Digitas, the founding agency of the Digital Content NewFronts, chose to ruffle some feathers with a bold, cause-based stance at its showcase this year.
Armed with a string of influential speakers, the Publicis network tried to persuade its clients in attendance (which included American Express, HPE, CVS, Sony PlayStation and Lyft) to do the same. That’s because, according to the agency, a brand without a cause or an “authentic truth” will not survive in 2018.
Scott Donaton, Digitas’ global chief content officer and creator of the #Boycott NewFront event, told Adweek he does not view cause marketing as a “thing that could come and go as a trend [but rather] a permanent shift.”
“As we move away from a world of obtrusive, disruptive advertising into a world where people will decide to interact or not with brands, it’s more important than ever to have values and express them,” Donaton said, explaining why Digitas organized its 2018 NewFront around urging brands to enter cultural discussions (as long as it makes sense to do so).
Take Burger King, for example. In January, the fast food joint explained the complicated topic of net neutrality through a campaign stunt that forced real customers to wait longer for a Whopper if they paid for it at regular price than if they agreed to a higher charge.
Donaton admitted when he first heard about the campaign, he couldn’t fathom why Burger King of all companies would comment on a topic so unrelated to its business as net neutrality. So he asked the chain’s global CMO, Fernando Machado.
“He was like, ‘Because we stand for choice and we think everyone should have a choice,’” Donaton said, reflecting on the conversation.
According to a study by Digitas and Insider Inc. that made its debut at the event, “transformists” (who make up 24 percent of adults aged 18 to 54) are today’s most powerful influencers and are twice as likely as the general population “to act on content they consume.” Of that group, the study found 95 percent expect companies to conduct business ethically, 61 percent are more enticed to buy a product if part of the proceeds goes to a cause they care about, 54 percent buy more from companies they trust and 90 percent are loyal to a brand they vibe with.
These findings helped fuel the “#Boycott NewFront” theme—and the agency hoped clients left the event feeling, as the kids say, “woke.”
As guests arrived, they shuffled into an industrial-chic lounge and bar area decked out in what Digitas executives described as “non-offensive” decor. Vanilla oozed from the walls as adorable puppies and babies flashed on a screen; meanwhile, mannequins fit for a 1950’s store window display were propped up everywhere.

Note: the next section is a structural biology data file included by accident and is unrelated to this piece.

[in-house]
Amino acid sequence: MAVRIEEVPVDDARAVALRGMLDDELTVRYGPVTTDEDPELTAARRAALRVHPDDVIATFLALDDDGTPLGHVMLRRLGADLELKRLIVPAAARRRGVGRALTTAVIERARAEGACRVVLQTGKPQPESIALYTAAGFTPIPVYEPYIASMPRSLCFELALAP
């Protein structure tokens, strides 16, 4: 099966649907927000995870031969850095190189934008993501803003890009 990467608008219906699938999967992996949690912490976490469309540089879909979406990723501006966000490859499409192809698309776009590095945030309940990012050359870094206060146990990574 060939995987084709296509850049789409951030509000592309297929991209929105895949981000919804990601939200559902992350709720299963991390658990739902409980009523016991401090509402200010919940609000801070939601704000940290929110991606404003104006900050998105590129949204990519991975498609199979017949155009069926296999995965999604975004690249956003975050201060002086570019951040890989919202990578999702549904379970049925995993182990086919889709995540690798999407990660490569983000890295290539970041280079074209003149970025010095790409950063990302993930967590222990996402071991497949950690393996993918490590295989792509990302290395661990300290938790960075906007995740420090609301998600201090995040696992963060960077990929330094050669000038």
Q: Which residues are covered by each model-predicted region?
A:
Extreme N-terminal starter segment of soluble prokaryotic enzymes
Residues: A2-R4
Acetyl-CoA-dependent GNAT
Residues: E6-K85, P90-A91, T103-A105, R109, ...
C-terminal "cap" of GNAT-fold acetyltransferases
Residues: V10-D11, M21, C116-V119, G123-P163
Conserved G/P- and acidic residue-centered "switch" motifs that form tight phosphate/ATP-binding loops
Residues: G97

As if literally walking into the next decade, guests were then ushered into a smoky backroom hidden from all natural light and seemingly set up to resemble a modern version of the basements that birthed ’60s counterculture. The posters on these walls didn’t protest the Vietnam War; instead, they sported hashtags, like #MeToo, #TakeAKnee and #NeverAgain that have defined our new “pan-activism” age, as TBWA Worldwide described it in a recent study.
“Only old people say we should keep politics out of anything,” said Teen Vogue chief content officer Phillip Picardi, who was one of the speakers at the event. “If you think transgender equality is something that is solely political, you’re actually talking about someone’s basic human rights to live. Young people do not look at politics as this segmented idea; we look at it as what’s personal to us.”
And isn’t personalized marketing what brands strive for?
Other event speakers who made similar points included Nola Weinstein, global head of culture, engagement and experiential marketing at Twitter, United Shades of America host W. Kamau Bell, The New York Times Co. CEO Mark Thompson, investigative journalist Jodi Kantor, who won a Pulitzer for her Harvey Weinstein coverage, Hello Sunshine CEO Sarah Harden, and Brad Jakeman, senior advisor and former president of PepsiCo Global Beverage Group.
After the event was over, the stuffy, outdated lounge and bar area had been transformed. The puppies disappeared, and the mannequins were no longer stationed in front of the TV bundled up in cardigans but were instead dressed in bold, colorful prints, holding picket signs that read, “#BrandActivism Now.”
Donaton said he sees this movement as a challenge for Digitas to awaken as many brands as possible.
“We want to work with companies that are inauthentic in the stand they take or put out messaging that’s inconsistent with the values of the company,” he said, a goal that coincidentally would expand the agency’s client roster.